Power Companies Hope To Prevent Blackouts During Heat Wave
Posted August 3, 2006
RALEIGH, N.C. — The best way to beat the heat during this heat wave is to crank up air conditioners. Because of that, Triangle residents are using nearly all available energy from power grids.
Duke Energy said it reached a season-high Wednesday on power usage, at 17,906 megawatts. Progress Energy said that its customers have come very close to breaking its all-time record. Its customers are using 10 percent more power than they normally use in the summer months.
When residents depend on energy like that, the worst-case scenario is a widespread blackout. The largest blackout in North American history happened on August 14, 2003, when New York City went dark. The blackout quickly rolled through eight northern states and parts of Canada, affecting 50 million people. Financial losses from the blackout exceeded $6 billion.
Local power companies are hard at work to make sure that such an event won't happen in the Triangle area.
"We certainly aren't expecting any blackouts like they have had in the Northeast, but our energy control center downtown is watching the grid very closely," said Julie Hans with progess energy.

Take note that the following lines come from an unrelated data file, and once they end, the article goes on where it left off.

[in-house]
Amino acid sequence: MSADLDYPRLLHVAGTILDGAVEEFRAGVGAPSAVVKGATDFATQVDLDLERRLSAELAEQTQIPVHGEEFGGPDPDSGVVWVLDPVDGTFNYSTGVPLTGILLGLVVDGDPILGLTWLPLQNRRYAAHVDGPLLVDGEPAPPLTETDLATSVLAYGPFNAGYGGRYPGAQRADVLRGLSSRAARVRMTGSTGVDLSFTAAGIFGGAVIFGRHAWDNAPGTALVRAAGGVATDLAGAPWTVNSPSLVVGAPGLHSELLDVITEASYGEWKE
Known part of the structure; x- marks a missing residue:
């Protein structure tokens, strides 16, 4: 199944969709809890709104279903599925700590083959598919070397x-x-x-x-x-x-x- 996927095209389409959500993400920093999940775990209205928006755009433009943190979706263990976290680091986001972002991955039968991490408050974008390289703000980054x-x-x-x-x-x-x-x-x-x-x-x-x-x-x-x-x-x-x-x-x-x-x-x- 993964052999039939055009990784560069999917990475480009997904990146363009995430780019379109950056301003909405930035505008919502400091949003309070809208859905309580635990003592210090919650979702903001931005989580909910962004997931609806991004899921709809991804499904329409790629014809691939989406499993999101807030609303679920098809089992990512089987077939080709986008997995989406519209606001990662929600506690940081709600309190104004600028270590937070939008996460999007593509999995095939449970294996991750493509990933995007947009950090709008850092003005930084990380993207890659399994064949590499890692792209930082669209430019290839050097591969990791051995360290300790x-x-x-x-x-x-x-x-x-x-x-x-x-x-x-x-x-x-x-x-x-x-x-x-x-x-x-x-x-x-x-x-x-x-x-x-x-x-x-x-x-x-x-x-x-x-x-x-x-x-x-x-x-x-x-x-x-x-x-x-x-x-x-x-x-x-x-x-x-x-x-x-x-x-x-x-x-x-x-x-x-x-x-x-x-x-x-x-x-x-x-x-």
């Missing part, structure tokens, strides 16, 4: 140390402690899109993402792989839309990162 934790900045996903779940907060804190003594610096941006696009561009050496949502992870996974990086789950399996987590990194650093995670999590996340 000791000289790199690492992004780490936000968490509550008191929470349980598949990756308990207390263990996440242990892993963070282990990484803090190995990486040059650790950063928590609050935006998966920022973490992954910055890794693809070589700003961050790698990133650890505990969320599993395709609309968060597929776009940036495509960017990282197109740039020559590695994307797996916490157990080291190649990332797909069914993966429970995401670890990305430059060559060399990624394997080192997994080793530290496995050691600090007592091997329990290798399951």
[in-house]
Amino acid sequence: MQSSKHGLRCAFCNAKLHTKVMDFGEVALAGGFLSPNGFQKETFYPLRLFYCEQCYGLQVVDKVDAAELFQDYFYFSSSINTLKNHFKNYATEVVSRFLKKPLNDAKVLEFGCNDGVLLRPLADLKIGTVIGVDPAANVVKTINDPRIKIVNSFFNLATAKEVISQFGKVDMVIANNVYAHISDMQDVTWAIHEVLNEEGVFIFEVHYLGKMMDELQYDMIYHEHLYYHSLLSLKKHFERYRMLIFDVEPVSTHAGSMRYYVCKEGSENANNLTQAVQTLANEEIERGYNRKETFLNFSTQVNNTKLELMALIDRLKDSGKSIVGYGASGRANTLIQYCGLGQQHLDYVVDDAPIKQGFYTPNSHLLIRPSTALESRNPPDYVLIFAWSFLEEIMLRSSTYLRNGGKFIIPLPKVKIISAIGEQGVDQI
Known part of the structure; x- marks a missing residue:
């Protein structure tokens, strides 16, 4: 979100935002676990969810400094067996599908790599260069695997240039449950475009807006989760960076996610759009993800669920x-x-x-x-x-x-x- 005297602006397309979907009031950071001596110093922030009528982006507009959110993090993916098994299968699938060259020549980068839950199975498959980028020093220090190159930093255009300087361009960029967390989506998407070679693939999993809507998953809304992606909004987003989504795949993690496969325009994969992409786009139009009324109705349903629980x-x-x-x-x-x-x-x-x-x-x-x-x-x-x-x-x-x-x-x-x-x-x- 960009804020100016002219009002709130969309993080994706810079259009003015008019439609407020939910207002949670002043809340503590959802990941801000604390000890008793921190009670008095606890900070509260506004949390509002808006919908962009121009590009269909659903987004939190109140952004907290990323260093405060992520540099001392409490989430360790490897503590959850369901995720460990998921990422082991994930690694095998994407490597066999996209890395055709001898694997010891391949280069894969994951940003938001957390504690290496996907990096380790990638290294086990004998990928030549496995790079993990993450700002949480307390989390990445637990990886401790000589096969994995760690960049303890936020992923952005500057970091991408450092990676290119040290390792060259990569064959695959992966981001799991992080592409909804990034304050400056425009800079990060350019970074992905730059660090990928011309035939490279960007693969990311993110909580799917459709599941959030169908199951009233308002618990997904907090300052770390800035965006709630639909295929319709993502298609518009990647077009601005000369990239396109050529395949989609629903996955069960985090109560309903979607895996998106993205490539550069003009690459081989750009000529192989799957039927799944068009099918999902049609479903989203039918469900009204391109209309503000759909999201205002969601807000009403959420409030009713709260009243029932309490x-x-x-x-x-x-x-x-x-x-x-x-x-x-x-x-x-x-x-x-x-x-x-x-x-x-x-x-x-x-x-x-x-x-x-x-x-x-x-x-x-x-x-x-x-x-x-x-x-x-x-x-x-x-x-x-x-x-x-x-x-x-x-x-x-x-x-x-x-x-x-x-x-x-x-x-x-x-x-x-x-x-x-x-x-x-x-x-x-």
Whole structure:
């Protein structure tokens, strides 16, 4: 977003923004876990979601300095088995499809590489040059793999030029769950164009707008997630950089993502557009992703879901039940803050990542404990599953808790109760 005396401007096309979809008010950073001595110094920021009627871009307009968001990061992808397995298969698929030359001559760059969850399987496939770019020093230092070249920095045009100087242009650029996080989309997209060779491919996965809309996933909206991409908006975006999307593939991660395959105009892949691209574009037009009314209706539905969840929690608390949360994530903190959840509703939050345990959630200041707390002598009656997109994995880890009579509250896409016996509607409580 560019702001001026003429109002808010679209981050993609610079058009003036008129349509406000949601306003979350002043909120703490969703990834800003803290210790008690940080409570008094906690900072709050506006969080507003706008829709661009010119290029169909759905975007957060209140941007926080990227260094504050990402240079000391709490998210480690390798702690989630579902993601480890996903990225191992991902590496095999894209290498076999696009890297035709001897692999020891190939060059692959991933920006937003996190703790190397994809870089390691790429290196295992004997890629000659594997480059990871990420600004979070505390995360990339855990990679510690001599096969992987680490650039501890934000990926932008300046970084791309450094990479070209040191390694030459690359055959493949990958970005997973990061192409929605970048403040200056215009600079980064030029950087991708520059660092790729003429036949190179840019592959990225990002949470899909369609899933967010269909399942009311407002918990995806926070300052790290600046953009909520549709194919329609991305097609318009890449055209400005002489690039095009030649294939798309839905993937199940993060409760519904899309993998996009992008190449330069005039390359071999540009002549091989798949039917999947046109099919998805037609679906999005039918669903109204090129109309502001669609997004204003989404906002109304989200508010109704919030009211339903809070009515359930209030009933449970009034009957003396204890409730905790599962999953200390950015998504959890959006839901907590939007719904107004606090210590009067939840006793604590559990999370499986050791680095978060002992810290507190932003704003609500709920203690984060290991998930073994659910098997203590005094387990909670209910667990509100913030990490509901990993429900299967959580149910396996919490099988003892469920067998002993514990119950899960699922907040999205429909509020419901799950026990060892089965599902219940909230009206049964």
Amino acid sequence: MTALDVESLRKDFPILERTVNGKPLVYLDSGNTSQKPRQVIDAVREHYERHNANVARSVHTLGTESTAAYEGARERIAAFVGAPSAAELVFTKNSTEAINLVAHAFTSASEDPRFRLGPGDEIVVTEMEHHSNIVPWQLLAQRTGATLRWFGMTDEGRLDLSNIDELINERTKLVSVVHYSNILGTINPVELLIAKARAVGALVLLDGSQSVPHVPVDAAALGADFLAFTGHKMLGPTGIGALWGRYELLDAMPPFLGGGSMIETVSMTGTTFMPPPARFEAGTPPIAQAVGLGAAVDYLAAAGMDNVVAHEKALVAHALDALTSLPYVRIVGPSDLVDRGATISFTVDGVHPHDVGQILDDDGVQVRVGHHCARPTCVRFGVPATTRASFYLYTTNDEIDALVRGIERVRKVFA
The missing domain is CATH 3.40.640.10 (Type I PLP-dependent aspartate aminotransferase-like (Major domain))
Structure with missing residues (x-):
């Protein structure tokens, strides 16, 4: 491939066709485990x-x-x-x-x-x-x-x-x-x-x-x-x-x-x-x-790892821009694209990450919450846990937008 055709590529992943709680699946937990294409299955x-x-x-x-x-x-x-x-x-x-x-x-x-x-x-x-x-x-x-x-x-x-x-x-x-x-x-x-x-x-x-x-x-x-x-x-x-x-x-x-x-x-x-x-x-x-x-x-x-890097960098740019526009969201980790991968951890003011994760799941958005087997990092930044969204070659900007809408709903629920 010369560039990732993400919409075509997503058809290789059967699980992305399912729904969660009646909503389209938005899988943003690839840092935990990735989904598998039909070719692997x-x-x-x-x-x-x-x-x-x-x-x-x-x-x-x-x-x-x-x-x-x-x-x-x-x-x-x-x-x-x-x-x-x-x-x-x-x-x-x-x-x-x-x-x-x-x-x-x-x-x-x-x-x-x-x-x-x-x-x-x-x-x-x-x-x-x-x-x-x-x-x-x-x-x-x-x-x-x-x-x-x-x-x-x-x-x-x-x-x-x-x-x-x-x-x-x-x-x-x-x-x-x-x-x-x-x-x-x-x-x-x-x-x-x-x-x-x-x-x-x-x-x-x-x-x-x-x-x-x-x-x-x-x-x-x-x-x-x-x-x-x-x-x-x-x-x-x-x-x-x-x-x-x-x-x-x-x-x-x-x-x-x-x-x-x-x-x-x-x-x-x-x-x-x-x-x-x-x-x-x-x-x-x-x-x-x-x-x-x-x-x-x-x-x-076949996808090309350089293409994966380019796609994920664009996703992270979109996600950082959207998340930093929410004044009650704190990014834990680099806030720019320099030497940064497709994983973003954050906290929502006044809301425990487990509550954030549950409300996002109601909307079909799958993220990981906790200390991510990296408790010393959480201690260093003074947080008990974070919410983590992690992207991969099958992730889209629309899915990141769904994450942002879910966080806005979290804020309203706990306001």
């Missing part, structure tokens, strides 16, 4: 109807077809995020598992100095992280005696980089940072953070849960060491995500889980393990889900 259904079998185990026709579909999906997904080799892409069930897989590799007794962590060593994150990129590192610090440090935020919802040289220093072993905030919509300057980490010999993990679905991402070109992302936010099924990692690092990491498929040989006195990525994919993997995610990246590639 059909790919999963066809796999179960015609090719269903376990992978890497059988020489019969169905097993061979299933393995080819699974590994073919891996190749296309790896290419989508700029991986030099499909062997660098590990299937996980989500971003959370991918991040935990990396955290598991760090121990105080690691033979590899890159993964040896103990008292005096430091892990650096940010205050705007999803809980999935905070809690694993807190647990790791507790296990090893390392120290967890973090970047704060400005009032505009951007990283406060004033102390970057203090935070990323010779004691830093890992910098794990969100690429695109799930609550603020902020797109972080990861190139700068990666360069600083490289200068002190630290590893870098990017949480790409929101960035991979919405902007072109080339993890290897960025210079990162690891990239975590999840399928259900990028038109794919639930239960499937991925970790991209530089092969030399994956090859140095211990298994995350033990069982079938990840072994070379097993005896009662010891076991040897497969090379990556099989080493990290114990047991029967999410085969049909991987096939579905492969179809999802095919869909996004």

Progress Energy learned lessons from the blackout of 2003.
"What we're doing is just making sure we're in very close contact with out neighboring utilities, so that if they were to experience a problem, we would have a heads up before it got to our customers, so we could put those measures in place to protect and insulate our customers from that," said Hans.
To help ease demand and avoid a worst-case blackout, Progress Energy is asking its big industrial customers to conserve more power. For example, WakeMed switched on its emergency generators Thursday to try to lessen the energy load the hospital is putting out.
Nonetheless, with the blazing sun bearing down, a blackout lingers in the back of many minds across the area.
"I think that would be the worst situation in this heat right now -- it's over 100 degrees," said local resident Tanisha Wells.
"Fifty years ago, when there was no such thing as widespread air conditioning, I think we were more used to it," said local resident Paul Stahl. "You could cope with it better. Now with no air conditioning, people (would) die."